Leicester City’s extensive archive contains official Club documents, minutes books, financial reports, contracts, newspapers, football magazines, scrapbooks, programmes, letters, telegrams, an oral archive, a large pre-digital photographic collection and much else besides.
The photographs illustrated here were issued in the 1930s by a publication called Topical Times. Initially published in October 1919, Topical Times was the first weekly newspaper which concentrated predominantly on football.
After its 1,071st edition, it ceased publication in May 1940. It was famous for producing full length portraits of football stars, each wearing their full club kit. These are high quality photographs. Most are in black and white but some are in full colour. Printed on glossy card, these portrait pictures measured 25cm by 9.5cm.
Five years ago, the Club obtained nearly 200 of these photographs, all dating from the 1930s. Within this collection are portraits of two Newcastle United players.
In 1936, centre-half Jesse Carver, pictured here as one of a trio of players, joined Newcastle, then in the Second Division, from Blackburn Rovers. His career was cut short by the Second World War, when he joined the police force. After the war, he gained an international reputation as an innovative coach.
In Italy, he managed Juventus, Lazio (three times), Torino, Roma and Inter Milan. He also managed West Bromwich Albion, Coventry City and APOEL FC in Cyprus. In addition, he oversaw the Netherlands national side and turned down the England manager’s job in 1956.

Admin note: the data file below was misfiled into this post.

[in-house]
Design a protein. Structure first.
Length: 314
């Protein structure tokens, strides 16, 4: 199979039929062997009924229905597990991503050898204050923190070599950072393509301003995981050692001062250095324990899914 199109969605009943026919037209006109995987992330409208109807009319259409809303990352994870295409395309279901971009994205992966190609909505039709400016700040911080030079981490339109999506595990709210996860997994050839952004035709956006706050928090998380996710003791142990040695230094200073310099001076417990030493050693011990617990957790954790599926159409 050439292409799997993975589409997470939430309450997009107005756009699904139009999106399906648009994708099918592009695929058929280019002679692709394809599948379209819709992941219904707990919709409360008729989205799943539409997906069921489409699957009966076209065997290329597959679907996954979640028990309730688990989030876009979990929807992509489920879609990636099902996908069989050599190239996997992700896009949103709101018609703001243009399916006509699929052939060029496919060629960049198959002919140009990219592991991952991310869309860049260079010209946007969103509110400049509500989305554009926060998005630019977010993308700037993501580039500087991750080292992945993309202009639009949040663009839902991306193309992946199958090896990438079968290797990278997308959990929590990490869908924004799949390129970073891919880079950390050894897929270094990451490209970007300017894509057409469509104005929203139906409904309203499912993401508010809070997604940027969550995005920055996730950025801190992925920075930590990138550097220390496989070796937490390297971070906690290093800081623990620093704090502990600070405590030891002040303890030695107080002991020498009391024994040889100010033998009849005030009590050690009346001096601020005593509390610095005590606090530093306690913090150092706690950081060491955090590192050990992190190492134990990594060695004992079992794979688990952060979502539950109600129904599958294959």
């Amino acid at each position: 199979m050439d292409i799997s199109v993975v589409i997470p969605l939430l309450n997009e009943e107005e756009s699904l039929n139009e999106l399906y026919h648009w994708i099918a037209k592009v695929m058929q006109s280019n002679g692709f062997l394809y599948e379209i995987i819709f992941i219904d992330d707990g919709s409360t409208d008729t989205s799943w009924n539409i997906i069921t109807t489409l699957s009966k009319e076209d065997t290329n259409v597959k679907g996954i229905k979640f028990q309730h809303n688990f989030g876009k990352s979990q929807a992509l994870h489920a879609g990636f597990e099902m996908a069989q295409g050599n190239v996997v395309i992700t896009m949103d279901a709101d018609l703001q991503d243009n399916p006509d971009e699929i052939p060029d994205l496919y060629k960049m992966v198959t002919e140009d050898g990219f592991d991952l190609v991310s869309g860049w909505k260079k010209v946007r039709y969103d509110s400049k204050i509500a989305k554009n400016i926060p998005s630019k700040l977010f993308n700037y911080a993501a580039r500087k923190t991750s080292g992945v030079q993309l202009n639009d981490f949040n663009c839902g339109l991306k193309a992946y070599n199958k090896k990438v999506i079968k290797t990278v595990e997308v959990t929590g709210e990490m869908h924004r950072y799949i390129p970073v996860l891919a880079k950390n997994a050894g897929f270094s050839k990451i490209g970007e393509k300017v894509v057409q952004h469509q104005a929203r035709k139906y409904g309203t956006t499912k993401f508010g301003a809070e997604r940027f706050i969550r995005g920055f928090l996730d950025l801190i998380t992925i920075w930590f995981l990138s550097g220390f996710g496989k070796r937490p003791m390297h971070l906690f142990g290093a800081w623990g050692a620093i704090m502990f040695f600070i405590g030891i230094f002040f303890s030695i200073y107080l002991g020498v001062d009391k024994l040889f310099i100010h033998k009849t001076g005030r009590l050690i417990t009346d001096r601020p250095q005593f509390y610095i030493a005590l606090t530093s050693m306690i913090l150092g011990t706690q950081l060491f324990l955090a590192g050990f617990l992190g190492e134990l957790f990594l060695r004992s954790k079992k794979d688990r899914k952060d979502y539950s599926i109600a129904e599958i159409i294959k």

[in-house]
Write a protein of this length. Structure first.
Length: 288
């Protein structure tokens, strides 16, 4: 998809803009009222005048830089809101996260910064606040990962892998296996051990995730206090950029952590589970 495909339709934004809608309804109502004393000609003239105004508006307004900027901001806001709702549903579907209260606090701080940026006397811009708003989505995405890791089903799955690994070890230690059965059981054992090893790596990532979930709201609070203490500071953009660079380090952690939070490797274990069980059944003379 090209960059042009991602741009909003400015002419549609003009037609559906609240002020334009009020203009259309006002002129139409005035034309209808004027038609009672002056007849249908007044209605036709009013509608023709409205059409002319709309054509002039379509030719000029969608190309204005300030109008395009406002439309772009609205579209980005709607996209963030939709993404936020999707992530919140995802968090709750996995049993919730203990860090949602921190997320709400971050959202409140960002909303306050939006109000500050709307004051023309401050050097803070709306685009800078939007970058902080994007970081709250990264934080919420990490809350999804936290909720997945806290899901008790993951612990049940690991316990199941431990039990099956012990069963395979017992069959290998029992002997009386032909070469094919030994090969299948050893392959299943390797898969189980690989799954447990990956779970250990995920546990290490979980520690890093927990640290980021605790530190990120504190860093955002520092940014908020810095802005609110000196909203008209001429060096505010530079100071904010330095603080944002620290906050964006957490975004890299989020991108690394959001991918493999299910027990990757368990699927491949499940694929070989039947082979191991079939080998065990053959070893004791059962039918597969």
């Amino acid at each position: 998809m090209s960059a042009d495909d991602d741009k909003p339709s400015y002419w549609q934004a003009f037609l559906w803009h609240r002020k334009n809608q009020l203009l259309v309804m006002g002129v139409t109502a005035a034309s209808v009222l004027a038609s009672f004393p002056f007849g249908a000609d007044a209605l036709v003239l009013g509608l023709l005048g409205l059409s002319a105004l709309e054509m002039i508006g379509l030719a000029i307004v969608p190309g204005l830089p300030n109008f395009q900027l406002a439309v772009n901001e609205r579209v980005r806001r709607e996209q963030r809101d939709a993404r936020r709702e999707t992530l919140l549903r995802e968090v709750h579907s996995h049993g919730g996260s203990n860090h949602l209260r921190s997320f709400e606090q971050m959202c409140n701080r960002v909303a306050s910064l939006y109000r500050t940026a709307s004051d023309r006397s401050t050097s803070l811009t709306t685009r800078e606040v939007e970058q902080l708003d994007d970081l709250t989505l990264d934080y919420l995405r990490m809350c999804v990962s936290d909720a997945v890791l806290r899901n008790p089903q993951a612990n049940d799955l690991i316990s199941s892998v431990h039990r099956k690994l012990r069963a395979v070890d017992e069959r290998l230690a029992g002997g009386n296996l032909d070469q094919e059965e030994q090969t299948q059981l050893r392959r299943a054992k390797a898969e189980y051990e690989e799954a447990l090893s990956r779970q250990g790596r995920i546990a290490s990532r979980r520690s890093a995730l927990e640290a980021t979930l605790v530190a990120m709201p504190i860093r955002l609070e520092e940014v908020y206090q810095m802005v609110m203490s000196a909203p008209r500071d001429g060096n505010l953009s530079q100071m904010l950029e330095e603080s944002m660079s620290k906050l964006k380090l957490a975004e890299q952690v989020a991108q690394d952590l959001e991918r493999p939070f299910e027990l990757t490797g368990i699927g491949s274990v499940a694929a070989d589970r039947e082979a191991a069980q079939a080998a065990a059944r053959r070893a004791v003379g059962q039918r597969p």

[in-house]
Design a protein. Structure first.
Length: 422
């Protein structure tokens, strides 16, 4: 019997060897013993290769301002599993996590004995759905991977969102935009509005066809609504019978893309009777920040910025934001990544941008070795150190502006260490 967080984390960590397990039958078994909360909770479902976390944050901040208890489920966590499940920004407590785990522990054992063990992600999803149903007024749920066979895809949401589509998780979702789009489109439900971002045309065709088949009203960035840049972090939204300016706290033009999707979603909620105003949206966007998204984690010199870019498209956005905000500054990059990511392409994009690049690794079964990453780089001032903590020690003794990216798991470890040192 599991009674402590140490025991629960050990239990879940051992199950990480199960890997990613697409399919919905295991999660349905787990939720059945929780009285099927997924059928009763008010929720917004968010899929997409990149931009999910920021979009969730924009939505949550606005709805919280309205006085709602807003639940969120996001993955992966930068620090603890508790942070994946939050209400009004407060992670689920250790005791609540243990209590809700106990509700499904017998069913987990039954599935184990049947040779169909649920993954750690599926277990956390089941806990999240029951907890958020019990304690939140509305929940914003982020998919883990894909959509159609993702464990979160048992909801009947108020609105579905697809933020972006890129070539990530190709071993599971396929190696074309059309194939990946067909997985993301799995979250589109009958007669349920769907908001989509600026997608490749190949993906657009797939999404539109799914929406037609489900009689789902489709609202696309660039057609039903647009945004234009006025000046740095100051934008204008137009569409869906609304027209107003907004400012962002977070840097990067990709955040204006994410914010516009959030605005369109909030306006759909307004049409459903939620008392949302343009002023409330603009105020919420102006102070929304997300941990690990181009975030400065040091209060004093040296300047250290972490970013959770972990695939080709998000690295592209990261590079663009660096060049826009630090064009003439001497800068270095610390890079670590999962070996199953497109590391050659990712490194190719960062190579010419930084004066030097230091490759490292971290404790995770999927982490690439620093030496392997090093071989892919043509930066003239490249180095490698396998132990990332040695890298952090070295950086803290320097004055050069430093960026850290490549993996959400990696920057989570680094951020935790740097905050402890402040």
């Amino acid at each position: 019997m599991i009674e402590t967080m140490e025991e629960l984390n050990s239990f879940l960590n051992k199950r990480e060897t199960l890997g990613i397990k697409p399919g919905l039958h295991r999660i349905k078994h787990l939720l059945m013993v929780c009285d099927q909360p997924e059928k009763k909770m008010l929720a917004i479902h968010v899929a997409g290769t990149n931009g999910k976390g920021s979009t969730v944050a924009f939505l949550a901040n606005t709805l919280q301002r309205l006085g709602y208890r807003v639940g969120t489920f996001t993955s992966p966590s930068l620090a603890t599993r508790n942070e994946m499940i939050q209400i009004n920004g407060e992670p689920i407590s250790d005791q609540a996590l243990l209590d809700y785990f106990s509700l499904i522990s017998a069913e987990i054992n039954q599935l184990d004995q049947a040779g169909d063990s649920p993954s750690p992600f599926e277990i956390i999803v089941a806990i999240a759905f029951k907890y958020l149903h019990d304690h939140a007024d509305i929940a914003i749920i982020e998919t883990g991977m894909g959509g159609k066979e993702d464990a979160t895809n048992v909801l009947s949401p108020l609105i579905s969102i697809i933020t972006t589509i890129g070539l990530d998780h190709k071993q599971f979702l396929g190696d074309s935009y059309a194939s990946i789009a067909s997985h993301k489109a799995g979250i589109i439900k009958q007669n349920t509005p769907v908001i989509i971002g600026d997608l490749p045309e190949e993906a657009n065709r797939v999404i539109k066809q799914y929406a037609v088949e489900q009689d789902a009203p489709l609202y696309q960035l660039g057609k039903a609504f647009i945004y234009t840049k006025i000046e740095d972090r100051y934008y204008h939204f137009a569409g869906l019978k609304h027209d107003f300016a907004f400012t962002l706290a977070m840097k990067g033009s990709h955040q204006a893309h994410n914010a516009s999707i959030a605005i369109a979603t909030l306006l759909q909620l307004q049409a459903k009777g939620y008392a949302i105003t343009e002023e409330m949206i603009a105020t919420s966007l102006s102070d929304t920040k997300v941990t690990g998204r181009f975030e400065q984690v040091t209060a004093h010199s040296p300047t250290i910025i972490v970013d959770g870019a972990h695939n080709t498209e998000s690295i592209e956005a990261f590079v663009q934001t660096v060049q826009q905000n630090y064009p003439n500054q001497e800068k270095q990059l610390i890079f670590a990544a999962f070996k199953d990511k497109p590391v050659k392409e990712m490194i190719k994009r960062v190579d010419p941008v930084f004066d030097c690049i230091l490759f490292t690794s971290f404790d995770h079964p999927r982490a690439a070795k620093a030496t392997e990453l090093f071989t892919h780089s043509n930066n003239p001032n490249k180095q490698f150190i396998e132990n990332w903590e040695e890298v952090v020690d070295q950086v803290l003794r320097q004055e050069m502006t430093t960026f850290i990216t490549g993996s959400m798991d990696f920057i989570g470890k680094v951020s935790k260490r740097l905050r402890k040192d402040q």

Sam Weaver, pictured on the right, was a left-half back (a midfielder in today’s parlance) who made 204 league appearances for the Magpies between 1929 and 1936. He won three England caps in 1932 and 1933.
The presence of a shirt crest in the picture indicates that Weaver is in the kit he wore for the 1932 FA Cup final, when his side defeated Arsenal at Wembley Stadium. Noted for his aggression and for his 35 yard-long thrown-ins, he transferred to Chelsea in 1936.
His career was put on hold throughout the Second World War, when he joined the police before enlisting in the army in 1943.
After the war, his lengthy coaching career included a two-year spell as Mansfield Town’s manager. An all round sportsman, Weaver also played first class cricket for Somerset.
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